Sam Smith • “Stay With Me” • In The Lonely Hour • Capitol • US Release Date: June 17, 2014 (album)
Okay, let’s get this out of the way first; Sam Smith seems to be pop music’s next big thing. The 22-year old is the latest singer from Britain looking to breakthrough in the United States. This year alone, Britain has brought in some sensational pop/urban talent stateside with John Newman (Tribute) and Daley (Days & Nights). For as much critical acclaim as both those talented young men have received, Sam Smith could be the most likely to breakthrough and succeed.
The singer has slowly and steadily been elevating his profile and has two notable hits helping him out. One of those is “Latch”, in which Smith is the featured vocalist with Disclosure, a Grammy-nominated electronic duo (debut album Settle would loseBest Dance/Electronica Album to eventual album of the year winner Daft Punk’s Random Access Memories). The bigger hit is Smith’s current single, “Stay With Me”.
First things first, I have to get this out. Does anybody else sense a parallel to another British pop/R&B singer from, oh twenty-five years ago or so? If you catch the drift, I’m referencing George Michael, who broke through tremendously stateside with album Faith, which would eventually be awarded the prestigious Grammy for Album of the Year. I’m not saying that Smith and Michael are one and the same – they’re not – but in some respects, the buzz that Smith is receiving seems like a repeat of history. If “Stay With Me” as well as Smith’s EP Nirvana are any indication of what Smith will unveil on debut LP In The Lonely Hour, then folks, we have a true juggernaut on our hands.
In The Lonely Hour may already raise some eyebrows for folks, given its conception, or a specific part of its conception. Smith revealed the album was about him being in love with a guy who didn’t love him back. For some folks – those more traditional, likely the talking point of Smith’s rationale is the revelation that he is gay. While pop music is a bit more of an accepting genre where sexuality is concerned, it is still no cakewalk. Honestly, I wasn’t surprised in the least – I thought Smith might be gay. Ultimately, sexuality aside, In That Lonely Hour likely should be relatable to anyone who has loved and that love hasn’t been reciprocated back. That is by no means a hetero- nor homosexual issue, but rather a shared experience by almost anybody at some point in their lives. “Stay With Me” epitomizes the sentiment that In The Lonely Hour will convey upon its U.S. release on June 17th.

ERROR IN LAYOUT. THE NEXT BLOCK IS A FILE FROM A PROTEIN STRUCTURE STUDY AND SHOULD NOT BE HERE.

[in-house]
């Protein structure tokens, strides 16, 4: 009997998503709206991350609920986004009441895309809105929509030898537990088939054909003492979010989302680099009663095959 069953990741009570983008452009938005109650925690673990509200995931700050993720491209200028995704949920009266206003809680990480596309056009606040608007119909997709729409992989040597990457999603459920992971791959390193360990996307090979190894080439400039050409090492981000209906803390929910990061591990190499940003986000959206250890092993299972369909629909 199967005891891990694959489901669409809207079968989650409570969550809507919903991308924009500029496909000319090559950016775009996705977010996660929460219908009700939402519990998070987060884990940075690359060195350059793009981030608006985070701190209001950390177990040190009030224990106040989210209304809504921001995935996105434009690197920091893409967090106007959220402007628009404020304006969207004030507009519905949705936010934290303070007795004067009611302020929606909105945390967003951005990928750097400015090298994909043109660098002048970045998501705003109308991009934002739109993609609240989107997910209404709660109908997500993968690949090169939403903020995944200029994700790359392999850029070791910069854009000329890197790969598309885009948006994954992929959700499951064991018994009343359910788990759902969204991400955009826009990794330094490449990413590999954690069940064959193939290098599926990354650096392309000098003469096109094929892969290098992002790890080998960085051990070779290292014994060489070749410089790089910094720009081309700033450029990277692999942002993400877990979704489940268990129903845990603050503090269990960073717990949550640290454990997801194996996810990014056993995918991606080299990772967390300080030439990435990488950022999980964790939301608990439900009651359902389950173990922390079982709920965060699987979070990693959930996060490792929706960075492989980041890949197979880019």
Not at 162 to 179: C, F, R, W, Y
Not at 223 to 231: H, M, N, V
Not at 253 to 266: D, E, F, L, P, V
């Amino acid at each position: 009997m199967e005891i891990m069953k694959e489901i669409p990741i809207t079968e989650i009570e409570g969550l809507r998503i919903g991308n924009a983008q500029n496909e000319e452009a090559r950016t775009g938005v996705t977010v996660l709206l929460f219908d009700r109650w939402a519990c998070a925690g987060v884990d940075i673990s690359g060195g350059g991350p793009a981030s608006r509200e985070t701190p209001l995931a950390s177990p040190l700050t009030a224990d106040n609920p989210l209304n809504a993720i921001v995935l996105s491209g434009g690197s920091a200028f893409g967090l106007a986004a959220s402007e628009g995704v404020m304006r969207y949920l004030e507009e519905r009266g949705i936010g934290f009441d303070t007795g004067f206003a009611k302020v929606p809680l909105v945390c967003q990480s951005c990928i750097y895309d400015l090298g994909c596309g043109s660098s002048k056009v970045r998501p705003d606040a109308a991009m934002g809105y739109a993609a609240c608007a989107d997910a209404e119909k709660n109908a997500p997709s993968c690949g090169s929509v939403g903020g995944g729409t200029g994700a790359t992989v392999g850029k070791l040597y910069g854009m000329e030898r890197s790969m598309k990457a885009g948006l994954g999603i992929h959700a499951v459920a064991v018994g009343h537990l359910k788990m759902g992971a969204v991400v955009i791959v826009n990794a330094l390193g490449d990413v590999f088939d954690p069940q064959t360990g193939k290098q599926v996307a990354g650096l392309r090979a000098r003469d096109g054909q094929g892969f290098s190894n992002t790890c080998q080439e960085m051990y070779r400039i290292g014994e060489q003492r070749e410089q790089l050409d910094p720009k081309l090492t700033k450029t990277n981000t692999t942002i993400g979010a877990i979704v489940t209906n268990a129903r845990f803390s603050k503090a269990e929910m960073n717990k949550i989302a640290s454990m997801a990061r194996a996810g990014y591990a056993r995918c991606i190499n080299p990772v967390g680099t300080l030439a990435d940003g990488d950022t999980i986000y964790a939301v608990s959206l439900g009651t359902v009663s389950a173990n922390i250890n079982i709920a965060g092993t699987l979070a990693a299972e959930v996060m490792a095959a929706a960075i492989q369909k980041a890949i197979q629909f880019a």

“Guess it’s true, I’m not good at a one night stand,” sings a reflective, plaintive Smith on the first verse. “But I still need love cause I’m just a man…I don’t want you to leave, will you hold my hand?” On the second verse, Smith continues to question his love/relationship issues: “Why am I so emotional? / No it’s not a good look, gain some self control.” Still, much like the first verse, the second ends with yearning for pleasure, as Smith asks his lover to “…lay with me so it doesn’t hurt”. Essentially, on this simplistic yet touching song, Smith is open about his deficiencies in regards to hooking up and more bigger-picture love, but he still needs to have “someone to love” and fulfill what he needs.
Is “Stay With Me” ‘brand new’? No, not by any means – we’ve been singing songs about failed one-night stands, bad love, and the need for love forever and ever. That said, “Stay With Me,” conveys the sentiment and message pretty well, putting it on a level where anyone can relate to it. If you are a skeptic, don’t let sexuality cloud your mind on this cut or Smith’s upcoming debut album; this is good stuff right here. Smith definitely has the pipes and emotional delivery to captivate by all means. The backing choir definitely doesn’t hurt his cause either – throw the production in that mix as well. If anything, “Stay With Me” further amplifies excitement for In The Lonely Hour. You get only blessings from me Sam – blessings.